An essay on the athenian empire

Expressions[ edit ] Anthropologists propose three subdivisions of homosexuality: In his study of native cultures pederasty appears typically as a passing stage in which the adolescent is the beloved of an older male, remains as such until he reaches a certain developmental threshold, after which he in turn takes on an adolescent beloved of his own.

An essay on the athenian empire

From The Delian League To The Athenian Empire

Common measure of value abstract Medium of exchange concrete Standard for deferred payments abstract Store of value concrete General functions mostly macro-economic and An essay on the athenian empire Liquid asset Framework of the market allocative system prices A causative factor in the economy Controller of the economy The table above comes from page 27 of A History of Money.

Not everything used as money as all the functions listed above. Furthermore the functions of any particular form of money may change over time.

As Glyn Davies points out on page The logical listing of functions in the table therefore implies no priority in either time or importance, for those which may be both first and foremost reflect only their particular time and place.

Money is anything that is widely used for making payments and accounting for debts and credits. Causes of the Development of Money In his preface the author writes: Commodities were chosen as preferred barter items for a number of reasons - some because they were conveniently and easily stored, some because they had high value densities and were easily portable, and some because they were durable.

These commodities, being widely desired, would be easy to exchange for others and therefore they came to be accepted as money.

To the extent that the disadvantages of barter provided an impetus for the development of money that impetus was purely economic but archaeological, literary and linguistic evidence of the ancient world, and the tangible evidence of actual types of primitive money from many countries demonstrate that barter was not the main factor in the origins and earliest development of money.

Many societies had laws requiring compensation in some form for crimes of violence, instead of the Old Testament approach of "an eye for an eye".

The author notes that the word to "pay" is derived from the Latin "pacare" meaning originally to pacify, appease, or make peace with - through the appropriate unit of value customarily acceptable to both sides.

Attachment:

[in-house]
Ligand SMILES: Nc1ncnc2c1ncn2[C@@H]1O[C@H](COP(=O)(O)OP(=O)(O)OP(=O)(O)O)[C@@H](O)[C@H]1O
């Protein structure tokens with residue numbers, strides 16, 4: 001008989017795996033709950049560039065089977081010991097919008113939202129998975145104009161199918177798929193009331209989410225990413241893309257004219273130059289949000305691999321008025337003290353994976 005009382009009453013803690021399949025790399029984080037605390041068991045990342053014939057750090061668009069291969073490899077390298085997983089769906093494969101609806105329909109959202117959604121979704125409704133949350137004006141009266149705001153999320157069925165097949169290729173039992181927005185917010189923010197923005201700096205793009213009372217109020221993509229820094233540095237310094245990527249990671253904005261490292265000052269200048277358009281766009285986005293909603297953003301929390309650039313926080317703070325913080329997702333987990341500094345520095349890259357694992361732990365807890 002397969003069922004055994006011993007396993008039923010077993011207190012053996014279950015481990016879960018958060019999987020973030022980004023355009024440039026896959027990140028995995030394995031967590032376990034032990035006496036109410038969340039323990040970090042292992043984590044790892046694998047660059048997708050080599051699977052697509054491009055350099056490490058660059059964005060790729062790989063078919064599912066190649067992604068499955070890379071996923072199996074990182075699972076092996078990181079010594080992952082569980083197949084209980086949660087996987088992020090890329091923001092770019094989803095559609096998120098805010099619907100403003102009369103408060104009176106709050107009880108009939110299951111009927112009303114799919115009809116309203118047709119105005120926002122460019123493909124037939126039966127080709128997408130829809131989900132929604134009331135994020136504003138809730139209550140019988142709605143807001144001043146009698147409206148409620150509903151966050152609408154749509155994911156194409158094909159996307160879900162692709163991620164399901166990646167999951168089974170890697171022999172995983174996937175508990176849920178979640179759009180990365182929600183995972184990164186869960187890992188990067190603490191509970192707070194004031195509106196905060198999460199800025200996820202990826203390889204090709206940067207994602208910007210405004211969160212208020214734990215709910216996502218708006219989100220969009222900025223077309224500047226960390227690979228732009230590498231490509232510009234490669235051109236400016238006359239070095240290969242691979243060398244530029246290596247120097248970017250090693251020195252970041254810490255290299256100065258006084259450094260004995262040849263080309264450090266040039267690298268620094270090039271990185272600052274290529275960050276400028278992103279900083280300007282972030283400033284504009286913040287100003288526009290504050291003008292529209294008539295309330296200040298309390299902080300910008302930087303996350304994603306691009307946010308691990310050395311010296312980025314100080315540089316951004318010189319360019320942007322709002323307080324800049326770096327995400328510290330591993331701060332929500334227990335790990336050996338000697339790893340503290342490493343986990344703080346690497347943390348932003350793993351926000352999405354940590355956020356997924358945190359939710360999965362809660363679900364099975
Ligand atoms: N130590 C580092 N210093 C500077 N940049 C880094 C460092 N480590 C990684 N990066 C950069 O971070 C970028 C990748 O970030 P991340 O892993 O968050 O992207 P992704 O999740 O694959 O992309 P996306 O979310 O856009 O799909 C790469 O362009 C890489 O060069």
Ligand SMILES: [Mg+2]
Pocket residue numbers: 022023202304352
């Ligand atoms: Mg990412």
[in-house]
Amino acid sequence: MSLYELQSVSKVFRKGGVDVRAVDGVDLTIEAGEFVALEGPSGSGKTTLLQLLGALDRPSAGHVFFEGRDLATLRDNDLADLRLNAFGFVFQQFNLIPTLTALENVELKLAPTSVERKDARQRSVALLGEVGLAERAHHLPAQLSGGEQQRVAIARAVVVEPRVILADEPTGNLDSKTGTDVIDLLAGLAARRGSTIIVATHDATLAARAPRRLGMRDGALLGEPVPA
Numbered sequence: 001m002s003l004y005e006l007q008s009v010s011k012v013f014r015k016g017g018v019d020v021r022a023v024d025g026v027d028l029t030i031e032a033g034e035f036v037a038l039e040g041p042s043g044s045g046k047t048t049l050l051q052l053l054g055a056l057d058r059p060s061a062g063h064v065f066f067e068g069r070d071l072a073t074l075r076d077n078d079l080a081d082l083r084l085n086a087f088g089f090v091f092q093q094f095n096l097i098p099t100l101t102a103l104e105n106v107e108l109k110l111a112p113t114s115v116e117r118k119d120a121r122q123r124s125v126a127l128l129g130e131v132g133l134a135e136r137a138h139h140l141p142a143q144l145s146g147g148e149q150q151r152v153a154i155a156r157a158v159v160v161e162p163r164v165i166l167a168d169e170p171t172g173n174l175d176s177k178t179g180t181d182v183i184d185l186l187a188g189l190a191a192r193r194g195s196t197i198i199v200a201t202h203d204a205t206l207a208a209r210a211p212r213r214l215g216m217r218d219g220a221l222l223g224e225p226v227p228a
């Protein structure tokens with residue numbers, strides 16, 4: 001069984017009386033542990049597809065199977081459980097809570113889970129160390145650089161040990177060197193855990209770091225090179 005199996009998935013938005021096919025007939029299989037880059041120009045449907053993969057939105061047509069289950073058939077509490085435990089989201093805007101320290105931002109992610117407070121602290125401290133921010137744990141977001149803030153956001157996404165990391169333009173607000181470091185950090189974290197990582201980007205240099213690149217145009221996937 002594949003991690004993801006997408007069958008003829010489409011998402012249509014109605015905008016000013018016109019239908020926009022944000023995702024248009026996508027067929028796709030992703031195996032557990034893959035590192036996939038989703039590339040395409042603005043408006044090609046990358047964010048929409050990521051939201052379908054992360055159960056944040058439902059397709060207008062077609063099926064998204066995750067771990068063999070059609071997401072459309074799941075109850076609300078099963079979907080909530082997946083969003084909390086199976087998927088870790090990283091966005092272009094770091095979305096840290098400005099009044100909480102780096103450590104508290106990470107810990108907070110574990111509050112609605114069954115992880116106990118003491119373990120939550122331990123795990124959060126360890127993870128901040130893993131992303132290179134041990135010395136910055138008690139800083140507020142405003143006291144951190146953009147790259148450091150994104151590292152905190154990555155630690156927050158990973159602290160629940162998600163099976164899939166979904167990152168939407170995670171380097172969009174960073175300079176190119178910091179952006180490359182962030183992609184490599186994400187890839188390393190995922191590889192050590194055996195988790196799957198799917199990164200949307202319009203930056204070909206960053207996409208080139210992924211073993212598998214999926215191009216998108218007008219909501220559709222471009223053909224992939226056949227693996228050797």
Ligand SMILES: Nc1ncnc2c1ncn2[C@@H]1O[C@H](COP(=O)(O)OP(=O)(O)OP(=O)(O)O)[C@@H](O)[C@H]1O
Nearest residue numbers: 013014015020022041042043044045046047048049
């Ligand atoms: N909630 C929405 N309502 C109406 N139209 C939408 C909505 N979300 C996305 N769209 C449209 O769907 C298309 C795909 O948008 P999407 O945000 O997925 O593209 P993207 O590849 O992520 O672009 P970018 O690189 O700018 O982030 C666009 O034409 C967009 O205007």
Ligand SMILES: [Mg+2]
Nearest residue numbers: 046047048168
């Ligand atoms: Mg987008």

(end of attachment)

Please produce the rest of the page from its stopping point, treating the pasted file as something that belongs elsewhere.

A similarly widespread custom was payment for brides in order to compensate the head of the family for the loss of a daughter's services.

Rulers have since very ancient times imposed taxes on or exacted tribute from their subjects. Religious obligations might also entail payment of tribute or sacrifices of some kind. Thus in many societies there was a requirement for a means of payment for blood-money, bride-money, tax or tribute and this gave a great impetus to the spread of money.

Origins of Money and of Banking

Objects originally accepted for one purpose were often found to be useful for other non-economic purposes and, because of their growing acceptability began to be used for general trading also, supplementing or replacing barter.

Thus the use of money evolved out of deeply rooted customs; the clumsiness of barter provided an economic impulse but that was not the primary factor. It evolved independently in different parts of the world.

About the only civilization that functioned without money was that of the Incas. Primitive Forms of Money The use of primitive forms of money in the Third World and North America is more recent and better documented than in Europe and its study sheds light on the probable origins of modern money.

Among the topics treated are the use of wampum and the custom of the potlatch or competitive gift exchange in North America, disc-shaped stones in Yap, cowrie shells over much of Africa and Asia, cattle, manillas and whales teeth.From The Delian League To The Athenian Empire Thomas Ash Introduction.

When Athens began to emerge as a Greek city state in the ninth century, it was a poor city, built on and surrounded by undesirable land, which could support only a few poor crops and olive trees. IN WATCHING the flow of events over the past decade or so, it is hard to avoid the feeling that something very fundamental has happened in world history.

BECK index Socrates, Xenophon, and Plato Empedocles Socrates Xenophon's Socrates Defense of Socrates Memoirs of Socrates Symposium Oikonomikos Xenophon.

An essay on the athenian empire

Below is the original essay prefixed to the King James Version in the edition of , in which the translators defend their version against criticisms they expected to be brought against it. Ernest Renan, “What is a Nation?”, text of a conference delivered at the Sorbonne on March 11th, , in Ernest Renan, Qu’est-ce qu’une nation?, Paris, Presses-Pocket, (translated by Ethan Rundell) I propose to analyze with you an idea which, though apparently clear, lends itself.

The development of the Athenian into an empire holds that the vital change from allied harmony to imperial subjugation occurred in the middle of the fifth century, and the factor behind it was the ratification of the Peace of Callias.

Pericles’ Funeral Oration Analysis: Athenian Democracy – SchoolWorkHelper